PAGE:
The facility was inaugurated on October 11, 1928. The following day, the first patient was admitted.
The treatment involved a variety of therapies, including, salt packs, poultices, hot compresses, color healing, magnetism, vibrator treatment, massage sessions, osteopathic manipulation, dental treatments, colonics, enemas, antiseptics, inhalants, homeopathic treatments, and mud baths.
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The ingredients used were oils, salts, herbs, iodine, witch hazel, magnesia, bismuth, alcohol, castoria, lactated pepsin, turpentine, charcoal, animated ash, soda, cream of tartar, aconite, laudanum, camphor, and gold solution. These were prescribed for overcoming conditions that caused indigestion and absorption of necessary nutrients from the suggested diet.
The treatment gained popularity, and the demand for it increased.
On September 22, 1930, Blumenthal, along with Dr. Moseley Brown, who had joined the association in 1928, opened a research university pioneering on psychic studies. However, on February 26, 1931, Blumenthal backed out of the project, which ultimately resulted in the university’s closure.
He returned to metaphysical, philosophical, religious, and spiritual readings, which have been documented in several books.
A group of 61 people met the Cayces on June 6, 1931, and decided to form a new organization called the ‘Association for Research and Enlightenment’ to support his work. The organization was incorporated in July 1931. Hugh Lynn helmed the affairs of the establishment
The association agreed that only two readings would be conducted daily and held study groups to understand the readings. It also published a monthly bulletin on the progress of the work.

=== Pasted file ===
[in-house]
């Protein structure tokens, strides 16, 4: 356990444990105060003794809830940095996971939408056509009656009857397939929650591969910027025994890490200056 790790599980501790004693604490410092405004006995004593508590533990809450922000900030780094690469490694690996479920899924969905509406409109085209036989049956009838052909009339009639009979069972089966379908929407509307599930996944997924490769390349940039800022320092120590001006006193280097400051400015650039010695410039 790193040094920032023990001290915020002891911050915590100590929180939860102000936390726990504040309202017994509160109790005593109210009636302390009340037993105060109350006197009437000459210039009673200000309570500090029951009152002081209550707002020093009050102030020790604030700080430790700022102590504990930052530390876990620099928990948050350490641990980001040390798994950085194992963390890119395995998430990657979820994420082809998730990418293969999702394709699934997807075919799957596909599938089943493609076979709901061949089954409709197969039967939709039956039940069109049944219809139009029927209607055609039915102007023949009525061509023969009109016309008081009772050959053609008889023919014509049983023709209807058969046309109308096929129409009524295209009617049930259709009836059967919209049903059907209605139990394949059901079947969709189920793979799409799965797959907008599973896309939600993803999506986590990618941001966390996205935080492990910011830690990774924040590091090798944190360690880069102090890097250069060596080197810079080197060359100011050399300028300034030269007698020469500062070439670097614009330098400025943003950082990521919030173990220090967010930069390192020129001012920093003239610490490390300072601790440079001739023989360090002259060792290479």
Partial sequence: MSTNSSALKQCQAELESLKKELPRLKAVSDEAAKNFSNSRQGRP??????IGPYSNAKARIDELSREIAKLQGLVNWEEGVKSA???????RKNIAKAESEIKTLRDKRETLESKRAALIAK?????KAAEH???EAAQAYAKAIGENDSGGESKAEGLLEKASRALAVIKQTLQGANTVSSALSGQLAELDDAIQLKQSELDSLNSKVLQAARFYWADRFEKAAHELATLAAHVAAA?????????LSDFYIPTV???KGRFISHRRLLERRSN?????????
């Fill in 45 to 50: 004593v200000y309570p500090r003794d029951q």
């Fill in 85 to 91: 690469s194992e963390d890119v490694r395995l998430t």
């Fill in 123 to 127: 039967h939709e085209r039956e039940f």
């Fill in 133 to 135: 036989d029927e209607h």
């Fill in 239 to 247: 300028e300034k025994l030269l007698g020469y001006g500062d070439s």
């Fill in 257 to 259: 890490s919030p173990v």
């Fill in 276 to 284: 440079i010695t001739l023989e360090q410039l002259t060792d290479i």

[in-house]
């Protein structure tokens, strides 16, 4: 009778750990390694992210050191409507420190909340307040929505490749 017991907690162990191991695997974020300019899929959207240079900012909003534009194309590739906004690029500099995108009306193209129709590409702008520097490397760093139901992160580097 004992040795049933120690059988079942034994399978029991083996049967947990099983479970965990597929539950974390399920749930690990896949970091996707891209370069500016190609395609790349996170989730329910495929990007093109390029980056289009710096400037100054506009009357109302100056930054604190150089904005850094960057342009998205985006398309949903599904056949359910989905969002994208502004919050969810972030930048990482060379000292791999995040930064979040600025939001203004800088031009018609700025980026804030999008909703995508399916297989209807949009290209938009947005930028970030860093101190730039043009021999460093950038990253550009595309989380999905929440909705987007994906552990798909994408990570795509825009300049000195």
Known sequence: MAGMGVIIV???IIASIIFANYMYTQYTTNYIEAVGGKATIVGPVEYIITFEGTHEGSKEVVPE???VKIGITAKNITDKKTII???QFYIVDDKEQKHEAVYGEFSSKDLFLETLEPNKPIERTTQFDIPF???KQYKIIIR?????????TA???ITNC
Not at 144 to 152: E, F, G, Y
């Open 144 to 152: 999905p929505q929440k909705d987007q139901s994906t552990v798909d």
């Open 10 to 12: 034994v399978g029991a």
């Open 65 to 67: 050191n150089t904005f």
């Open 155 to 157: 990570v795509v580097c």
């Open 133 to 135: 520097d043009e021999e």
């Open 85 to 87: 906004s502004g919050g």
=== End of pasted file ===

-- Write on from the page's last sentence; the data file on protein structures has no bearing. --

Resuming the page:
Cayce partnered with a reputed chemist named Dr. Sunker A Bisley (Shankar Abaji Bhise), known for using psychic studies to make medicines, and created ‘Atomidine’ in 1931. It was an improved version of the existing absorbable form of iodine.
A year later, the association’s first congress was held. The congress included talks by experts of metaphysics and psychic studies. Cayce held public readings during the event.
The members of the association raised funds to build an office, a library, and a vault attached to Cayce’s house in the early 1940s. By then, the association had a strength of around 600 members from various religions and different parts of the world. The members were from different belief systems, such as the ‘Theosophical Society.’ It became a platform for propagating unity among the diverse religious communities and faiths.
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The first edition of his biography, titled ‘There is a River’ and authored by Thomas Sugrue, was published in March 1943. He became known across the U.S. after the article ‘Miracle Man of Virginia Beach’ was printed in the magazine ‘Coronet.’
As World War II progressed, both his sons began serving the military. Soon, Cayce and his wife put in extra time and efforts to run their operations. The number of readings increased from two per day to eight. The workload took a toll on his health.
He collapsed due to excessive strain in August 1944. Following this, he moved to the mountains of Virginia to rest in obedience to a reading. It is claimed that he had made around 22,000 readings in his lifetime.